Recently I was in Italy and photos hanging on the interior walls of a classic mountain Refugio struck me. They were circa early 1940’s. The men and women in the photos were skiing the high alpine glaciers surrounding us. The women in leather boots and skirts reaching to their ankles. Both sexes were on wooden skis lacking edges and leather or maybe cable bindings. The photos were taken long before trams were built up to this location so their only means of arriving in this area was by manual ascending from the valleys below. Not only did it occur to me the effort it must have taken to get there, but I was dazzled by the photos of them skiing aggressively the surrounding slopes.
The progression also comes in stages as I move from the control world of a ski resort to the uncontrolled world of the backcountry. I have learned tiptoe, through the season increasing the challenges as well as my feelings for the temperament of the environment surrounding me, such as the snowpack. I have learned to exercise patience and respect the environment. When I don’t bad things happen.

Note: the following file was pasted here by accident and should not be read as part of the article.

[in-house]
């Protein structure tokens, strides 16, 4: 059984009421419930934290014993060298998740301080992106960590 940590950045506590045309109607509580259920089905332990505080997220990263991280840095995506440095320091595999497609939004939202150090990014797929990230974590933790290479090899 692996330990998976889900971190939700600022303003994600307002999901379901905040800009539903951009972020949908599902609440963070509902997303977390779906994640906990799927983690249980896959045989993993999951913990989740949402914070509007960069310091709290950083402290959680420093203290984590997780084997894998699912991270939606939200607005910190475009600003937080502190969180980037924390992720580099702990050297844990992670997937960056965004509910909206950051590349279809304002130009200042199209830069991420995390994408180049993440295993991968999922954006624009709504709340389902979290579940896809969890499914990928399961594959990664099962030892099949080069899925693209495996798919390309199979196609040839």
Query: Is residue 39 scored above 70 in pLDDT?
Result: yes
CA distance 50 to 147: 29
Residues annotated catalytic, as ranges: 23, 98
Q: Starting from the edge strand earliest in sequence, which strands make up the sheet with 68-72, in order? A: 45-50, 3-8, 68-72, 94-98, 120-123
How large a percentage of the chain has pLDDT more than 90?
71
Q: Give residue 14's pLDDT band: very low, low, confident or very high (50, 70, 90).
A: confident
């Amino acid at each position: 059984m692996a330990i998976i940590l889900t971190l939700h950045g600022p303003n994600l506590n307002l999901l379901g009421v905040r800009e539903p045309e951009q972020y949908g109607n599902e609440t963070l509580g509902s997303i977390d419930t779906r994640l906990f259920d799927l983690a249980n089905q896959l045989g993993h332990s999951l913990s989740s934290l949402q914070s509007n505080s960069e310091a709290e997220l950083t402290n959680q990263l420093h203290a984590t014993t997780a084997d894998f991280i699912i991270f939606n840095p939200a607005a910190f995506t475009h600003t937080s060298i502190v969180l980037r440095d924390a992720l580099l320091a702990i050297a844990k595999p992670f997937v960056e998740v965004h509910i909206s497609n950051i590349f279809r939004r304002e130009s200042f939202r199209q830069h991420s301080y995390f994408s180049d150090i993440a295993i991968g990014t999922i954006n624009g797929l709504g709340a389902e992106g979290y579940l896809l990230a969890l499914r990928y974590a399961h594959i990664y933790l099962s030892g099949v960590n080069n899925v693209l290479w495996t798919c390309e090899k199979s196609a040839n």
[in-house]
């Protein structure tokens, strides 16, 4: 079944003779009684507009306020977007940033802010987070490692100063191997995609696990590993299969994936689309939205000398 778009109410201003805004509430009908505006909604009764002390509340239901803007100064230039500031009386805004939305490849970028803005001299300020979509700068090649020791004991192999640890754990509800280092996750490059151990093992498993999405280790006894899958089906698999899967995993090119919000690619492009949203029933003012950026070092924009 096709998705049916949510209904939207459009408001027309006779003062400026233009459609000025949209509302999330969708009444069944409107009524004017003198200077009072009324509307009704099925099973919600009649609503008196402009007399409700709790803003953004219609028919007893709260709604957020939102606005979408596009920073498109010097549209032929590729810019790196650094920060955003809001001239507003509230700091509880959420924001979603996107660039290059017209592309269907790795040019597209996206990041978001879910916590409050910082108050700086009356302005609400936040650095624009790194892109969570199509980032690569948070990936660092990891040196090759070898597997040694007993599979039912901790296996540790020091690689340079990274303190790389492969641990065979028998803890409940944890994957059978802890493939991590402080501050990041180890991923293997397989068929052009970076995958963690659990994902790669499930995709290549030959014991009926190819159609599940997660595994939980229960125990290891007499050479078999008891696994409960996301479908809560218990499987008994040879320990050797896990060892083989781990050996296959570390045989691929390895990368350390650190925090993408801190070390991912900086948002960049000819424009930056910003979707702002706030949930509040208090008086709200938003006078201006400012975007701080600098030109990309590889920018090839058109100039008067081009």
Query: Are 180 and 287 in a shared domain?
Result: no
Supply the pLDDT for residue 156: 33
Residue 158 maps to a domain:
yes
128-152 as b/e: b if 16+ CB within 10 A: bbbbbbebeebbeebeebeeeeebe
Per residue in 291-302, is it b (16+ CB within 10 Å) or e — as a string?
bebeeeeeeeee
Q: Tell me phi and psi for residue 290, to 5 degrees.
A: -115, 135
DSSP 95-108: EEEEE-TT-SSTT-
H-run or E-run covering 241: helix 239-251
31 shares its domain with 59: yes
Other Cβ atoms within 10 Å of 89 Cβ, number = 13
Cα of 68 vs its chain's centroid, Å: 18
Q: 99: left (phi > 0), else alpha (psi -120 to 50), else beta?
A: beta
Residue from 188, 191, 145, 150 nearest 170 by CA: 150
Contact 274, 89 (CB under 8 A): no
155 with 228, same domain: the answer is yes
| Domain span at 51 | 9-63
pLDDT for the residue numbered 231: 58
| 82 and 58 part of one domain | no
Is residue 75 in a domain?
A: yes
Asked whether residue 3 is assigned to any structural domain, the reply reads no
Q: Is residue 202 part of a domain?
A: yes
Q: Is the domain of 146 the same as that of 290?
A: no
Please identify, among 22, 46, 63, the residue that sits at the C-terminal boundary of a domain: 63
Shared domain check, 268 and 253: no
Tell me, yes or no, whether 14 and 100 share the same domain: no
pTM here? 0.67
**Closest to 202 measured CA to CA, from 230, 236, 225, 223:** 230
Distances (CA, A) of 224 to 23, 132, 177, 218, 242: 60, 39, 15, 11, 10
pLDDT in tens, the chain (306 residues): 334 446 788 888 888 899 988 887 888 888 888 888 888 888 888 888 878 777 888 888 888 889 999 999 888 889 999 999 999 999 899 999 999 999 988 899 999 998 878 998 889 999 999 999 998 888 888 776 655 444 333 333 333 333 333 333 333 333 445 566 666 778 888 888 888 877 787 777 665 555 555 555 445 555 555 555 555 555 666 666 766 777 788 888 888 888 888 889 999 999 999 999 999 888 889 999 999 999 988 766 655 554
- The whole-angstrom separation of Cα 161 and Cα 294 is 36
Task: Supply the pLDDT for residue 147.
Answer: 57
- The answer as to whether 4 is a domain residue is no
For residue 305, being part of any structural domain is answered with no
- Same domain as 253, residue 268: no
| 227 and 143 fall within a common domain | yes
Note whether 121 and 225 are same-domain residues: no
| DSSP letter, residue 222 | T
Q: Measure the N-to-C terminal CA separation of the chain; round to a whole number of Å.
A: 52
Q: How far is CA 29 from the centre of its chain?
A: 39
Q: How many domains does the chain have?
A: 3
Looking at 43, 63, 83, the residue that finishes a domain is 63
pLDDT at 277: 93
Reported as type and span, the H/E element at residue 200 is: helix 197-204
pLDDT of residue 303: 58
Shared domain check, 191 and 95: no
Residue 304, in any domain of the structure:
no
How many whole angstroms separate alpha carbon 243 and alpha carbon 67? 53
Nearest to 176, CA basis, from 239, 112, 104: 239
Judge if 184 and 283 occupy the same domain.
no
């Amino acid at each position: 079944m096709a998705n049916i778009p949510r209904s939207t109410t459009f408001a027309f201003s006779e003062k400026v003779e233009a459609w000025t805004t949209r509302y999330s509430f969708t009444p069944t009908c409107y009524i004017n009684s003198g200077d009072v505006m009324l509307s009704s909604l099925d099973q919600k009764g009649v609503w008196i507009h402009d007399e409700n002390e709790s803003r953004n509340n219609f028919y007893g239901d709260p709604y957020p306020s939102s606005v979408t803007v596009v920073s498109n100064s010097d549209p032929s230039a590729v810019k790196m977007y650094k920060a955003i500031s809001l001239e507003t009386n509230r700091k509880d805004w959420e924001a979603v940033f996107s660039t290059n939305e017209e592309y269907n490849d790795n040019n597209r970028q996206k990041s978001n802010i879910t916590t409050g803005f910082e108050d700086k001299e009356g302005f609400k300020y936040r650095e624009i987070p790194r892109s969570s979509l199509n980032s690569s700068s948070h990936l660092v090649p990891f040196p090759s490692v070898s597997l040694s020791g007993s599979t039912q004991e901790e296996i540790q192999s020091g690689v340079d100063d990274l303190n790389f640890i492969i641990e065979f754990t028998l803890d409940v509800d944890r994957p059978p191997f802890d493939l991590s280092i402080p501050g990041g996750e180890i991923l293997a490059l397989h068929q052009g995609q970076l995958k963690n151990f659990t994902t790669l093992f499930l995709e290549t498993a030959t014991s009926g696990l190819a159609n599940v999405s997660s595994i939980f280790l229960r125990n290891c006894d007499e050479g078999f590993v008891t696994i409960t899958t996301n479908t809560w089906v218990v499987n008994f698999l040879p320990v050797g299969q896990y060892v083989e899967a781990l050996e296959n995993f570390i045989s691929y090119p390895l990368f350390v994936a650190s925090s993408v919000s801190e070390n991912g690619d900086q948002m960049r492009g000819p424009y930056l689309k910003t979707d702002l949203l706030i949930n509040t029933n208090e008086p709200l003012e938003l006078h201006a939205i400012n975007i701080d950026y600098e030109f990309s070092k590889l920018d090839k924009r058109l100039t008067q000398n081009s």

I feel that over the last several years with the evolution of equipment, making everything so approachable we sometimes sidestep the progression, patients, and respect for the environment. I personally have to remind myself that the season is long and perhaps the first storm of the year is not the moment to jump into the backcountry but just start observing it.